Object name: UGC04879-UGC4906-NGC4913

Designation(s): UGC04879-UGC4906-NGC4913,

UGC 4879 is a very lonely irregular dwarf galaxy on the very edge of the local group. We see it in western Ursa Major above its front legs. NED puts it at a distance of 4 million light-years by redshift and 4.2 million by non-redshift measurements. Modern papers I found say 4.5 million while the HST site agrees with NED at 4 million. Even rather close our distance estimates vary by more than 10%. It is a dwarf galaxy easily resolved by the HST but not by me on the below average seeing night I took it. Several star clusters in the galaxy appear as stars in my image. The galaxy itself is mottled but not resolved. Its nearest neighbor, Leo A is 2.3 million light-years from it. For this reason, it likely hasn\'t interacted with another galaxy for many billions of years. It shows evidence of star formation for the first 4 billion years of its existence then little or none for the next 9 billion years. That leaves only a few hundred million years for it to have formed the blue stars that so dominate my image. One paper said it has no dust or gas left. If correct star formation has come to a halt in this galaxy again.

It was imaged by the HST. I\'ll save my fingers by sending you to their link. https://www.spacetelescope.org/images/potw1623a/ It was imaged by the HST. I\'ll save my fingers by sending you to their link. https://www.spacetelescope.org/images/potw1623a/ That image has south up while mine is north at the top.

Two other UGC galaxies are in the image. UGC 04906 was also on my to-do list but as a flat galaxy under the designation of 2MFGC 07220. It is 110 million light-years distant and seen rather close to edge-on. Its core is a narrow line AGN meaning it is quite active. It is classified as an Sa galaxy. Below it is UGC 04913. It is classified as Sc (f) and is about the same distance as UGC 04906. They are likely members of their own local group.

Toward the upper right corner is ASK 089514.0. It is classified as Sm and has a redshift that puts it 350 million light-years distant. It seems to be a sloshed galaxy in that most of the disk, bright enough to be seen in any image of it I found (not many) lies to the west of its nucleus. Very few stars are visible in what should be its eastern half. I found no attempt to explain this. Usually, it is caused by interaction with another galaxy. One possible culprit is NGC 26000 out of my field to the west. It has a redshift distance of 340 million light-years. I see no sign of distortion in the POSS images of it but it is likely much more massive than ASK 089514.0. This mass difference may allow it to disturb ASK 089514.0 without harming itself. It\'s a featureless S0-: galaxy.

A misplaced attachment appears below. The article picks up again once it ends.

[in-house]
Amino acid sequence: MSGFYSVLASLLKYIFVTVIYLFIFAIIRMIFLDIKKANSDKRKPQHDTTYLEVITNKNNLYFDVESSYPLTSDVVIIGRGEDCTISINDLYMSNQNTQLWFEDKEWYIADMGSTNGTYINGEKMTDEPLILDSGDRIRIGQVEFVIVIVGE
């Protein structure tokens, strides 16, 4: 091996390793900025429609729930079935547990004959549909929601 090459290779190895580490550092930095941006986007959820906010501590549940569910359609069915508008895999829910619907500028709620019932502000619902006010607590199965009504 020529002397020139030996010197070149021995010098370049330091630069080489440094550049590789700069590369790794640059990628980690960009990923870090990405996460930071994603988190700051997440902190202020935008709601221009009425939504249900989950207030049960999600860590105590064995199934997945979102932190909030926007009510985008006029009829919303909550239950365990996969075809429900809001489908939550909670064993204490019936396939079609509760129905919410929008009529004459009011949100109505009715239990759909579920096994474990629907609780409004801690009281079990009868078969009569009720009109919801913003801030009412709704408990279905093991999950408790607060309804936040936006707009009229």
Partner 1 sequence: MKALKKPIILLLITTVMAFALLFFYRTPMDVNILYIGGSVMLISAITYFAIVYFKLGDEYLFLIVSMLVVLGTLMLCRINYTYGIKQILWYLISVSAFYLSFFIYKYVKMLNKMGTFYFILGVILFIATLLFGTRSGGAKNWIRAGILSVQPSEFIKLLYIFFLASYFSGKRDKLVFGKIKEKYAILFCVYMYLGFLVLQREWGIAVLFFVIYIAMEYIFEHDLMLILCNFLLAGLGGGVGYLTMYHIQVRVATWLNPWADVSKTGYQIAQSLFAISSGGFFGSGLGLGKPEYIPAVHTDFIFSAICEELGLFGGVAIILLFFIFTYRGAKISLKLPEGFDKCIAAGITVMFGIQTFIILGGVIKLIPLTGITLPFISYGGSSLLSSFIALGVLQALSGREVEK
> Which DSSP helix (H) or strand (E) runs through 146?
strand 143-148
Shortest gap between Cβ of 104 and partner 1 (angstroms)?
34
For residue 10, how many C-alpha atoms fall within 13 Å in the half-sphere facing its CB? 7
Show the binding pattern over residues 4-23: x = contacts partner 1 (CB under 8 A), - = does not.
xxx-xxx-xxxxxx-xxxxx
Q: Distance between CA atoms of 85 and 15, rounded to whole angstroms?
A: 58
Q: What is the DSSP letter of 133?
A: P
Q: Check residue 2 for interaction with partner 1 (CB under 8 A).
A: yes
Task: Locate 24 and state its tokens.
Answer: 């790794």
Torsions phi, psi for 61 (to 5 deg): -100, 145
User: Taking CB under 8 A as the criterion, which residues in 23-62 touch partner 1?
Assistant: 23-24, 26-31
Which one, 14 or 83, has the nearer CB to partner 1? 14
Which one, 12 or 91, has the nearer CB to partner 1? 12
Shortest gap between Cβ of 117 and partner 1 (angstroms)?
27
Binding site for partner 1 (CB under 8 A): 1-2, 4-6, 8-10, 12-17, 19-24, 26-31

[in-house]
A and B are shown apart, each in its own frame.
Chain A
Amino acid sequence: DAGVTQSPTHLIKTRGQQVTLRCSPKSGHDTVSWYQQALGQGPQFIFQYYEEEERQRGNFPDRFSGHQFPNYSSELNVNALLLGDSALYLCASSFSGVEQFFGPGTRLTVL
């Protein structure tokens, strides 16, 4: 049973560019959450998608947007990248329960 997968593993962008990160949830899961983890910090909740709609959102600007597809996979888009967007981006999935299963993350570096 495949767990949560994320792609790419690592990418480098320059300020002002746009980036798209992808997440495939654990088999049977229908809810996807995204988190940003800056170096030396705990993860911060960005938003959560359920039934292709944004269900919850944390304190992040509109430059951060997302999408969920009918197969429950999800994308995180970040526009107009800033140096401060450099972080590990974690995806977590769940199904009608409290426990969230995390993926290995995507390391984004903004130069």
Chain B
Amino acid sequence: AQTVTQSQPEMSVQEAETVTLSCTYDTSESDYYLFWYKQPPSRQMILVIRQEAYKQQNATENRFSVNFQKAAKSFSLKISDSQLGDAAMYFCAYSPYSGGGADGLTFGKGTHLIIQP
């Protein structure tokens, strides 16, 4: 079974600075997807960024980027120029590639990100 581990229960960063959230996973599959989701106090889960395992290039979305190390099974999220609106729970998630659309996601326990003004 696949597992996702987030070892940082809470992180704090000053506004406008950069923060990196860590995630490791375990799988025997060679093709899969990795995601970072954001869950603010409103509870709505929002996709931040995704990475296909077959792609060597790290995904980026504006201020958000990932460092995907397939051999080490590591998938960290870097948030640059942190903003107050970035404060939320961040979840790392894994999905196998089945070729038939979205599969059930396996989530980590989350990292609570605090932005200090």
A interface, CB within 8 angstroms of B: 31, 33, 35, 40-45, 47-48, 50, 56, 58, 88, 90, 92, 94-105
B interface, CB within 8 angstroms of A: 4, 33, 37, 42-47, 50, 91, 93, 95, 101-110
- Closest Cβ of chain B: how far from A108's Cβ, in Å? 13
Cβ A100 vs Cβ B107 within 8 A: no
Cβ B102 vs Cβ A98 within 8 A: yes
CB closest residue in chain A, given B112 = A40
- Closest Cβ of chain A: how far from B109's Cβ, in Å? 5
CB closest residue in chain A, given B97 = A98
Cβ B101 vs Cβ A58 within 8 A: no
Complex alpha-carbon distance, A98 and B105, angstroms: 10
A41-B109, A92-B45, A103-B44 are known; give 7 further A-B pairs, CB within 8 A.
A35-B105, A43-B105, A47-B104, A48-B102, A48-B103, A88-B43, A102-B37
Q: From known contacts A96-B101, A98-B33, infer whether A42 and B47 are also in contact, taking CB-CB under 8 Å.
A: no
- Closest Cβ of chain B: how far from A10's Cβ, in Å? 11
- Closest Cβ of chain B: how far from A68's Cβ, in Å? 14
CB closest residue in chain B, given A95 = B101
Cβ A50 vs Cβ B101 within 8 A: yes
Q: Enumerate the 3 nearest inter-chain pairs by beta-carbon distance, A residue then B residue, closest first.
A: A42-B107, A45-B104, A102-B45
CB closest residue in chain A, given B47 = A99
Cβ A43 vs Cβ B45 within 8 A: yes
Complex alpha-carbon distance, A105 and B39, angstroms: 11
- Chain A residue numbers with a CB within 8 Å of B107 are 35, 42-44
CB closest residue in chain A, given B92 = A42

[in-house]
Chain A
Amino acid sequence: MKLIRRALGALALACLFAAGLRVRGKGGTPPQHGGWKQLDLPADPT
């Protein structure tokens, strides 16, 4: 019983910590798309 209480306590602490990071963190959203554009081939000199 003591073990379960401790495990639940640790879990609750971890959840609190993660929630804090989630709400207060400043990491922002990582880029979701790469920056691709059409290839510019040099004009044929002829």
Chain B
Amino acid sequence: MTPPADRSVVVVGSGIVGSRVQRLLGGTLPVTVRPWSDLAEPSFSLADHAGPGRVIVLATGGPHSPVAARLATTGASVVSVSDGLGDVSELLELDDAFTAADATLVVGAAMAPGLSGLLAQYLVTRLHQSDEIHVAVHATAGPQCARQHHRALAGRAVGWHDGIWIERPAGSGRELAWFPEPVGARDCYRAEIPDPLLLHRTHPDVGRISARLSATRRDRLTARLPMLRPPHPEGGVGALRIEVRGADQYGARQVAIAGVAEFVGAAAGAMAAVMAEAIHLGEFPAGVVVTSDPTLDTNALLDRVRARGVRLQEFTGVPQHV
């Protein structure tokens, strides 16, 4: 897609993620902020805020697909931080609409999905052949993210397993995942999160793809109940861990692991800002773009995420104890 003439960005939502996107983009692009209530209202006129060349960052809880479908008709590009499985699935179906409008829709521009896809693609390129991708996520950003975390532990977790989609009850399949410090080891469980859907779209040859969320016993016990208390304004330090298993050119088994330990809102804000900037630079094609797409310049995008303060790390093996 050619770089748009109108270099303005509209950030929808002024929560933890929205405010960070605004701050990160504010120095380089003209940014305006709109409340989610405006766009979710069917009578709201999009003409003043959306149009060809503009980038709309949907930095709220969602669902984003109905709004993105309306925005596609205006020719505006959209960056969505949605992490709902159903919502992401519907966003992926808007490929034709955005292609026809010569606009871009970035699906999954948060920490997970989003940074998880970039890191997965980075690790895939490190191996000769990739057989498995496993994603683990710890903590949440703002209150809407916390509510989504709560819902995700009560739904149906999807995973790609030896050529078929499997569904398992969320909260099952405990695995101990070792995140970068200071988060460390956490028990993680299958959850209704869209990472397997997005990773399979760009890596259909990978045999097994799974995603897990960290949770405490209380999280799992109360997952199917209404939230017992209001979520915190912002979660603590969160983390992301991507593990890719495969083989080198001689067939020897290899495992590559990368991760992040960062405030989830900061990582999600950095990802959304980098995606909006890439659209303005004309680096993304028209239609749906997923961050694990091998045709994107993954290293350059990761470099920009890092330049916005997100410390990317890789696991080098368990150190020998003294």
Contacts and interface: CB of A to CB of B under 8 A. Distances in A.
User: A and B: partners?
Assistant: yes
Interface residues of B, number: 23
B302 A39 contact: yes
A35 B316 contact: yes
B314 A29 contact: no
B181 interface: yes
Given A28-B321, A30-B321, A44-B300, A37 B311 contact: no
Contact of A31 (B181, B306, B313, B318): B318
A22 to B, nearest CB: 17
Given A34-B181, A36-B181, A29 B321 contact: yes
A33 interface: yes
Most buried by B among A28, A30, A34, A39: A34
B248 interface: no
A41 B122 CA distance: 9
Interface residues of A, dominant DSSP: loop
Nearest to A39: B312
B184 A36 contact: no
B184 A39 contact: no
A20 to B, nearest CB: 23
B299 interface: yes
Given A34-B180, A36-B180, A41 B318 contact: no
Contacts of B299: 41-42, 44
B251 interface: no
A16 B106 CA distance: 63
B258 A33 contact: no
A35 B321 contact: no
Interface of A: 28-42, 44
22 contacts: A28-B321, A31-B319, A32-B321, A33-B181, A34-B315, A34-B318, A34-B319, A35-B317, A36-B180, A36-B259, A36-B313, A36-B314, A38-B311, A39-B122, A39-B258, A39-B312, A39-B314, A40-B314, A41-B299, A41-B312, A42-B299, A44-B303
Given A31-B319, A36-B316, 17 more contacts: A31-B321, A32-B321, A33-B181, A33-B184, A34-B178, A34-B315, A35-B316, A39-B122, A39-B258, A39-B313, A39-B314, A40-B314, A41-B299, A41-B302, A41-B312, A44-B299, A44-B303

A large galaxy group is marked above and right of UGC 04913. It is anchored by ASK 089787.0. NED gives a membership count of 35 members but no size. Many galaxies about this distance can be found across the image. A second cluster at about the same distance with 23 members is at the top of the image. Are these related? I have to think so. On the right edge above the centerline are three galaxies at a distance of 1.28 billion light-years. A search within 30 minutes of this trio turned up nothing at NED with a redshift distance similar to these three.

While I see an asteroid in the HST image none were seen in any of my frames. Most of the galaxies with redshift data I was able to label lie in a diagonal path from the lower left to upper right. I\'ve noticed many times my annotation runs in a path of some direction across the image. Since they lie at many different distances I find this odd. It might be due to how the fields to get redshift data for are picked. Maybe they are just an isolated group of three galaxies almost as lonely as UGC 4879.

14\" LX200R @ f/10, L=4x10\' RGB=2x10\', STL-11000XM, Paramount ME